If Rep. John Larson hoped to field a bunch of softball questions about his work on Social Security reform and health care during a town hall meeting Tuesday night in West Hartford, he was probably sorely disappointed.
Instead, the congressman was confronted by angry constituents frustrated with his refusal to call for President Donald Trump’s impeachment.
“Just impeach him,” shouted a number of people who attended the event, drowning out Larson’s attempts to speak.
Mary Fleischli, a West Hartford resident, drew applause and supportive shouts from the audience when she challenged Larson.
“I want to know two things. First, have you read the Mueller report?” Fleischli asked. “Secondly, if you have, how can you justify not having impeachment proceedings?”
Larson’s answer — that it is more prudent to wait for the results of multiple House investigations into the Trump administration, the Trump campaign and Trump businesses — did not seem to satisfy many in the audience.
“I want to know two things. First, have you read the Mueller report? Secondly, if you have, how can you justify not having impeachment proceedings?”
West Hartford resident
It is not surprising that Larson is facing tough questions from voters now.
The issue of impeachment has split U.S. House Democrats. About half of them, or nearly 120, support impeaching Trump or opening an impeachment inquiry – an act that would show concern about Trump’s behavior and an effort to get more facts without committing to a final position on impeachment.
About two dozen Democrats came out in favor of impeachment after former special counsel Robert Mueller testified before two House committees last month on his investigation of the Trump campaign and the Trump administration. Among other things, Mueller’s final report revealed the Trump campaign welcomed Russian help and the president made possibly obstructive moves to interfere with the special counsel’s probe.
But for an impeachment — or impeachment inquiry — to occur, nearly all House Democrats would have to support that action, since no support for impeachment is expected from House Republicans.
House Speaker Nancy Pelosi, D-Calif., firmly opposes any impeachment push, believing it could imperil Democrats representing districts Trump won and risk her majority and that the GOP Senate would never vote to convict the president.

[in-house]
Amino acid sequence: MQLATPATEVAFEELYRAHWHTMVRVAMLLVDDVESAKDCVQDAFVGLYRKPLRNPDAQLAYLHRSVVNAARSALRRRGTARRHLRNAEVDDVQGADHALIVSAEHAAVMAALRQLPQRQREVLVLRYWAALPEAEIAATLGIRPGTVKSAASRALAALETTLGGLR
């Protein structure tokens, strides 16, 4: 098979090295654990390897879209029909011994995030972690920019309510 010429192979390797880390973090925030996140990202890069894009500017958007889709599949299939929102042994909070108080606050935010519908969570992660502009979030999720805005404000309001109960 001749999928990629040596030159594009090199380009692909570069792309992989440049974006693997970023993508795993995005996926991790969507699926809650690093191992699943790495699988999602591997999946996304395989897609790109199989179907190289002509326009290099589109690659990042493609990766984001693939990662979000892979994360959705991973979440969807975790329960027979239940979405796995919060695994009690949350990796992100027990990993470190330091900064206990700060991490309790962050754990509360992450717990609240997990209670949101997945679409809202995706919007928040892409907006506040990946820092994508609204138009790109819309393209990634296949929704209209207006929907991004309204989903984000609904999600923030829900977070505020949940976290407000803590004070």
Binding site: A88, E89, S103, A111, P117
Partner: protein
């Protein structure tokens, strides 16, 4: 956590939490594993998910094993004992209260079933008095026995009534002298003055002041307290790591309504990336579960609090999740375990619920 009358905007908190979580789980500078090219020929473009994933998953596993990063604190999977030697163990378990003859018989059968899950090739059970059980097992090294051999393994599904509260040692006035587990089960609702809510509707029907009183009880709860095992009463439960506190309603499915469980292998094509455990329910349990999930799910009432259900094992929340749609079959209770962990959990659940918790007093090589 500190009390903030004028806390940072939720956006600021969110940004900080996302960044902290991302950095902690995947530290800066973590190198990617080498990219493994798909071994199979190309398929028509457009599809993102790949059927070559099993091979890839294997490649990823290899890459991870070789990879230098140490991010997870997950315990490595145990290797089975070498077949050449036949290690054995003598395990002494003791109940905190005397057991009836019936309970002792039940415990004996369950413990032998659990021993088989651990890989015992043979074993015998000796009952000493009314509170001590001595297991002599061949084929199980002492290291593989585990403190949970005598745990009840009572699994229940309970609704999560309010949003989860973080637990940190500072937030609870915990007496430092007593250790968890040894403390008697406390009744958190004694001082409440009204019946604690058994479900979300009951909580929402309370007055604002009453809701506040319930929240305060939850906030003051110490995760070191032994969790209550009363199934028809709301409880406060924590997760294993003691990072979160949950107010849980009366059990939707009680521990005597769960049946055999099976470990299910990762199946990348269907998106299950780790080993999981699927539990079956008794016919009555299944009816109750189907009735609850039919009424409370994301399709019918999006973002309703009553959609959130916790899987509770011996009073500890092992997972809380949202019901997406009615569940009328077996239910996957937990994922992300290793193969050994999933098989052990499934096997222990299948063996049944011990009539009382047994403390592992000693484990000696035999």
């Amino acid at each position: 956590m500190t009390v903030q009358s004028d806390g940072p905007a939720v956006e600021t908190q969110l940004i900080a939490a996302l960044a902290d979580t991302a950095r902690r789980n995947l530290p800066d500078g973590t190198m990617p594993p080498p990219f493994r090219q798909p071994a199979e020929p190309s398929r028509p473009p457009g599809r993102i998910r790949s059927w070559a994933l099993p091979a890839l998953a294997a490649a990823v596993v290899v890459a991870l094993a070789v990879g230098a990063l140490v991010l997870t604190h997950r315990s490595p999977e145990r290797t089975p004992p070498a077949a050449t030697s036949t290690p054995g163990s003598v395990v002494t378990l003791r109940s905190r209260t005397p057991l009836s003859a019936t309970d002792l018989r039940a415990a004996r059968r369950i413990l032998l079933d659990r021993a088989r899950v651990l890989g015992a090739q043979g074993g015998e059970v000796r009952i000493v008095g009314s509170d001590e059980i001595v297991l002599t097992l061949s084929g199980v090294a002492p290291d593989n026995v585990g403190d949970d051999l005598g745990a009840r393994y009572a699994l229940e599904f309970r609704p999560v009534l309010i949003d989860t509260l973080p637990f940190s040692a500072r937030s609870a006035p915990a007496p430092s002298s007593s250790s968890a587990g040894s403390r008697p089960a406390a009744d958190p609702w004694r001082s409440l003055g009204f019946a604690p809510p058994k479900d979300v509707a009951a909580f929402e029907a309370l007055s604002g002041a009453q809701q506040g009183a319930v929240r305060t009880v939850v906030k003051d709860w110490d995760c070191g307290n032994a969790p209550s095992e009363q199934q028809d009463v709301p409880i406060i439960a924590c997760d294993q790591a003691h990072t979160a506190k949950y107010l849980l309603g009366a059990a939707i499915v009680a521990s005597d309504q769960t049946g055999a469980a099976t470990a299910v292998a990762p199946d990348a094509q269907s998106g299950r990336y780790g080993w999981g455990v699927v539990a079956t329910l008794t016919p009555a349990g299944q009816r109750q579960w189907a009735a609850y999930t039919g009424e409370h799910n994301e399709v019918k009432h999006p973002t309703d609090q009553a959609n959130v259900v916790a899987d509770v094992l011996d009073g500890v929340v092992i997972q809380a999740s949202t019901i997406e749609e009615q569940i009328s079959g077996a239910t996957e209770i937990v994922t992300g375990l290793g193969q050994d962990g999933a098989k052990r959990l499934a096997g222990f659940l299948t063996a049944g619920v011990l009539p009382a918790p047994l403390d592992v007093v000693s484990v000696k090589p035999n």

Democrats like Larson, and fellow Connecticut Reps. Joe Courtney, D-2nd District, and Rosa DeLauro, D-3rd District, are standing by Pelosi in opposing Trump’s impeachment. Rep. Jim Himes, D-4th District, supports launching an impeachment inquiry.
And Rep. Jahana Hayes, D-5th District, said she’s not backing impeachment right now, but is open to the idea.
“I’m really thinking a lot more carefully about it,” Hayes told the CT Mirror.
She also said the issue of impeaching the president, or beginning an impeachment inquiry “is not off the table” for her.
Like Larson, Hayes said she has received push-back from constituents urging her to support impeachment.
While many issues were broached at Larson’s town hall, such as health care and the border crisis, none were more contentious than the topic of impeachment.
Manchester resident Stephen Slota attended the event to ask Larson his position on impeachment. Afterward, Slota said he was disappointed in the lawmaker’s response.
“It comes across as pretty tone deaf to the environment that we’re living in,” Slota said. “He’s approached this issue of impeachment as though these are normal times and they are not normal times.”
That was clear from the anger being expressed by many in the crowd, including Mary Fleischli, the West Hartford resident who asked Larson if he’d read the Mueller report.
“Do we have a shot of getting the presidency away from this criminal?” Fleischli questioned further, ramped up by jeers and shouting.
But there were some in the audience who support Larson’s position on impeachment, including Joe Duffy and his wife Donna, who live in Wethersfield.
Duffy said he can understand the anger expressed at the event, but said holding off on impeaching Trump “is the best way to elect a Democratic president in 2020.”
“Anything else is a catastrophe,” he said.
Duffy also said Larson made a good case for resisting impeachment, when the crowd finally allowed him to speak.
“He said ‘you have to have facts,’”and pressed for encouraging ongoing House investigations, Duffy said. “But the crowd was not interested in those formal procedures.”
Duffy concedes that Trump’s presidency is an emotional issue for Democrats. Polls show a majority of Democrats favor Trump’s impeachment.
When a mix of voters were asked in a Quinnipiac University poll conducted at the end of last month whether ”Congress should begin the process to impeach President Trump” only 32 percent of the respondents said “yes.” Sixty percent said Congress should not act.
But when just Democratic voters were polled, 61 percent said they thought Congress should begin impeachment proceedings.
While lawmakers like Larson are likely to continue to hear from Democrats favoring impeachment as they spend their August recess trying to reconnect with voters, reaching consensus among House Democrats is not expected — unless Pelosi changes her mind.